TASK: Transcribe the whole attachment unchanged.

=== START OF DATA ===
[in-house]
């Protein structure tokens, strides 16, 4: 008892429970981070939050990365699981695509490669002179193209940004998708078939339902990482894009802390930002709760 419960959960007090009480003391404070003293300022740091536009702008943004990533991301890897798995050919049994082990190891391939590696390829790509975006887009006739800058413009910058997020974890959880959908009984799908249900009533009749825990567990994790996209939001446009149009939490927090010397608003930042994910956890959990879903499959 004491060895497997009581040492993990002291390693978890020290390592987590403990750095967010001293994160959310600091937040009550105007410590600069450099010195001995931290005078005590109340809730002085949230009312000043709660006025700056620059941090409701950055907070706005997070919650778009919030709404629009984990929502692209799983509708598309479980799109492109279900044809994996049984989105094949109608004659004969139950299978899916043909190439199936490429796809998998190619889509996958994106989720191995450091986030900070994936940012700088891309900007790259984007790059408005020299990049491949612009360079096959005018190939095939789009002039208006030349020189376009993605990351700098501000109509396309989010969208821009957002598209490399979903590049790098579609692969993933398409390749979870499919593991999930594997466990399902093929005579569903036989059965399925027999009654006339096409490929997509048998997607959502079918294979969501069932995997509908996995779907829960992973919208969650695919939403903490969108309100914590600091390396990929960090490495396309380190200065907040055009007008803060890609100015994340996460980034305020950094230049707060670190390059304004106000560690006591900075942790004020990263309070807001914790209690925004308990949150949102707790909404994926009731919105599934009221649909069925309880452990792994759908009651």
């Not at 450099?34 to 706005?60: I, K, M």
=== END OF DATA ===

[in-house]
């Protein structure tokens, strides 16, 4: 008892429970981070939050990365699981695509490669002179193209940004998708078939339902990482894009802390930002709760 419960959960007090009480003391404070003293300022740091536009702008943004990533991301890897798995050919049994082990190891391939590696390829790509975006887009006739800058413009910058997020974890959880959908009984799908249900009533009749825990567990994790996209939001446009149009939490927090010397608003930042994910956890959990879903499959 004491060895497997009581040492993990002291390693978890020290390592987590403990750095967010001293994160959310600091937040009550105007410590600069450099010195001995931290005078005590109340809730002085949230009312000043709660006025700056620059941090409701950055907070706005997070919650778009919030709404629009984990929502692209799983509708598309479980799109492109279900044809994996049984989105094949109608004659004969139950299978899916043909190439199936490429796809998998190619889509996958994106989720191995450091986030900070994936940012700088891309900007790259984007790059408005020299990049491949612009360079096959005018190939095939789009002039208006030349020189376009993605990351700098501000109509396309989010969208821009957002598209490399979903590049790098579609692969993933398409390749979870499919593991999930594997466990399902093929005579569903036989059965399925027999009654006339096409490929997509048998997607959502079918294979969501069932995997509908996995779907829960992973919208969650695919939403903490969108309100914590600091390396990929960090490495396309380190200065907040055009007008803060890609100015994340996460980034305020950094230049707060670190390059304004106000560690006591900075942790004020990263309070807001914790209690925004308990949150949102707790909404994926009731919105599934009221649909069925309880452990792994759908009651």
């Not at 450099?34 to 706005?60: I, K, M």